A writer from Hainault whose play about Ilford landed her into a writing programme in New York has launched a fundraiser to help pay for it.

Humaira Iqbal, 28, describes herself as "an east London girl through and through" after being born and raised in Hackney before moving to Hainault when she was eight.

She said hers was only the second South Asian family to live on their road in Hainault when they first moved in and alleges they encountered racism along the way.

The youngest of five children, Humaira revealed she was a shy child and the mum of one of her classmates told her parents they should send her to theatre classes to build her confidence.

Ilford Recorder: Humaira landed a lead role in the play Spun at the Arcola Theatre, with Aasiya Shah (left).Humaira landed a lead role in the play Spun at the Arcola Theatre, with Aasiya Shah (left). (Image: Shazad Khalid‏)

Humaira told the Recorder: "The classes were only £12 a week but that was a lot of money for us. But still my parents did it to help build my confidence but then they said maybe I gained too much confidence from it."

Her dad works at Stratford International car park but she said he would always save up money to take the family on trips so they could see the world.

One of those trips was to New York City when Humaira had applied to attend university there.

On that trip she immediately felt that New York was her second home, but could not afford to study there.

She came back and studied at the Royal Central School of Speech and Drama.

Ilford Recorder: The youngest of five, Humaira was the first person in her family to attend university.The youngest of five, Humaira was the first person in her family to attend university. (Image: Shazad Khalid‏)

Humaira was told it would be difficult for her to play a lead role because of her dyslexia.

Despite this she got one in the play Spun at the Arcola Theatre in 2018 and has also appeared in plays at the Royal Court and Stratford East.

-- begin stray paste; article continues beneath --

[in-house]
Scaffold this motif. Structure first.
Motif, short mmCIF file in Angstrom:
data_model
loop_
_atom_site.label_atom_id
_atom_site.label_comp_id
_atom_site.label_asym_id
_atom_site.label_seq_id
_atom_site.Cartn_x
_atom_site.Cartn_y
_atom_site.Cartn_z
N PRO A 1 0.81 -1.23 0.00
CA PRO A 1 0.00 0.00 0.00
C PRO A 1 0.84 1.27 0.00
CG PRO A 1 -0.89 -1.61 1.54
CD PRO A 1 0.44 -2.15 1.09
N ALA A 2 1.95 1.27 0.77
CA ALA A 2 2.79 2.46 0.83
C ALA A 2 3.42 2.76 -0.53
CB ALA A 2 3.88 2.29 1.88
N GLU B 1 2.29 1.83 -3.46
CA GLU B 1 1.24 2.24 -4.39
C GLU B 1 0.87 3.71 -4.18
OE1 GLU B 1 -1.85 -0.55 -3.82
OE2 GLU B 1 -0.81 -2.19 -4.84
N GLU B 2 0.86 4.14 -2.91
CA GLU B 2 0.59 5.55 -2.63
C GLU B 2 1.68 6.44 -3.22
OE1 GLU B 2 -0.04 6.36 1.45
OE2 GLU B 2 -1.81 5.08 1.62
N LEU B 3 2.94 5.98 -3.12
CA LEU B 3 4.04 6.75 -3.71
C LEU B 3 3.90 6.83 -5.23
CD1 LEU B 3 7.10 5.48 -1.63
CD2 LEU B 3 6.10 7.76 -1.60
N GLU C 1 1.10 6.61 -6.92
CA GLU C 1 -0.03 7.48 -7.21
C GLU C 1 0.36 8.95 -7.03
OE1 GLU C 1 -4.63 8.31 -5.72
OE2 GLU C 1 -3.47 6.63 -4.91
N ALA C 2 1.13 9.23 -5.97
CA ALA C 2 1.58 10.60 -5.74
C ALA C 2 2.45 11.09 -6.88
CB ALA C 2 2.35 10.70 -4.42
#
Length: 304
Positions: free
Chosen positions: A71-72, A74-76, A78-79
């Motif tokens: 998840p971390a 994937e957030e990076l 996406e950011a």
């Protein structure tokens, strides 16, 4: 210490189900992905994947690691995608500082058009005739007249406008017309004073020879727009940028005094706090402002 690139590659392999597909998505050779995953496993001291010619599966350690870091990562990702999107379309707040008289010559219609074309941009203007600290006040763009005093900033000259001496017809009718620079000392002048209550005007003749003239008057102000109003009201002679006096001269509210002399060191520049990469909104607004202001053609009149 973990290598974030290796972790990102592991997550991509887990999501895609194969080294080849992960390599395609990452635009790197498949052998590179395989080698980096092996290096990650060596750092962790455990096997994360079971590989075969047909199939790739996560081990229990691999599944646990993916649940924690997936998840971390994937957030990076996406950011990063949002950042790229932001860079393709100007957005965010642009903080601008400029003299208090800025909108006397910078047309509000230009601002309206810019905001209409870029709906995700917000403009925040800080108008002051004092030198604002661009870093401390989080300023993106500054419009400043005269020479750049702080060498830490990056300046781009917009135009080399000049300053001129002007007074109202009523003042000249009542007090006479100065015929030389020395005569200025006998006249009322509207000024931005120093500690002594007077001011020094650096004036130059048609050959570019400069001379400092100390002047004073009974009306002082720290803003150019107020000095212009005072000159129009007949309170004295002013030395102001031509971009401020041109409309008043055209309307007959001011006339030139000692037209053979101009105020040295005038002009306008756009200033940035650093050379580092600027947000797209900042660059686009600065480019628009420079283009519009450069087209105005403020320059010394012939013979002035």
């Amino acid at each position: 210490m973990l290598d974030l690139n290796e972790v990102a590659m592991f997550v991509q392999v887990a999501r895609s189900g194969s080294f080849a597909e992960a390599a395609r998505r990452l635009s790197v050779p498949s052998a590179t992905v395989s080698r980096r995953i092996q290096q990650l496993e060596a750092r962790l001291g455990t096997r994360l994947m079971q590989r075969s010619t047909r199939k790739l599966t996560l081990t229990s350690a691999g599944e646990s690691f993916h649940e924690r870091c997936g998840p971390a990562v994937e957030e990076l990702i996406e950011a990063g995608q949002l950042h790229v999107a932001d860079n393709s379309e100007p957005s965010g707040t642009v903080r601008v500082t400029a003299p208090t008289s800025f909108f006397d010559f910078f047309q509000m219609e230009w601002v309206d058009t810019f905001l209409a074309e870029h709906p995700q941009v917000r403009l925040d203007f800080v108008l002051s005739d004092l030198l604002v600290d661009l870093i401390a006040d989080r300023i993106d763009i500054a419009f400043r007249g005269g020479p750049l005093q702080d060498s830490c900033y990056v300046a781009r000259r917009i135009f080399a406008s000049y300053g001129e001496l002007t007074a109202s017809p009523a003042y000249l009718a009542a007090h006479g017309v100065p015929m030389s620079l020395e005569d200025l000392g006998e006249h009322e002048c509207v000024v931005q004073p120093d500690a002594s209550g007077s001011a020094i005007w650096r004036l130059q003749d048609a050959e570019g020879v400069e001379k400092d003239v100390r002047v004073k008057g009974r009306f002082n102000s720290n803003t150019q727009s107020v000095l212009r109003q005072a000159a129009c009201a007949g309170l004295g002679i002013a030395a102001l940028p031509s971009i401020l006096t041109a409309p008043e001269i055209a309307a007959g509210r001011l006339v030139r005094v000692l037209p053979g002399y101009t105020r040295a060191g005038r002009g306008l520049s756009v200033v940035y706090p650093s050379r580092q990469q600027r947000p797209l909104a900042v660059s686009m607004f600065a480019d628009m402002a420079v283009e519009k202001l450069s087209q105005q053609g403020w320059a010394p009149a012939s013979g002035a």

In the last few years she has also started writing and was chosen to participate in writing programmes such as the Royal Court's intro to writing course and the Soho Writers Lab.

She wrote her first play called 36 Hours in Iltown, a true crime tale partly inspired by a personal story when she was 18.

The play landed her a place into the dramatic writing master in fine arts programme at New York University's (NYU) Tisch School of the Arts.

Set in the underground world of shisha bars in Ilford, Humaira describes the play as her "heart and soul".

It explores what pushes a woman to the edge and drives someone to commit murder.

"I never thought my play would resonate with the admissions team at Tisch but they loved it," she said.

"Tisch allows their students to be full-blown artists."

She said when she interviewed at NYU they found her accent and authenticity a key selling point.

"Being offered a place at NYU is an absolute dream come true, and if you know me personally, you know that it really has been a dream of mine for years.

"I have always believed the Big Apple to be a second home."

The school has given her a partial scholarship but Humaira said she does not have enough money to pay for the rest of her fees and boarding, and is back to where she was when she was 18 on her last visit to New York.

This time around she is determined to go and has launched a fundraiser to pursue her dream and study at the alma mater of her favourite playwright Tony Kushner.

On her fundraising page, she writes: "I have created this GoFundMe to ask for your support in gaining a dream, a fresh start and to ultimately develop into a writer that will be a voice for the unknown and the unrepresented."

She has already raised more than £8,000 but is far away from her goal of £59,000.

To donate to her GoFundMe fundraiser, visit https://www.gofundme.com/f/help-support-humaira-to-study-at-tischnyu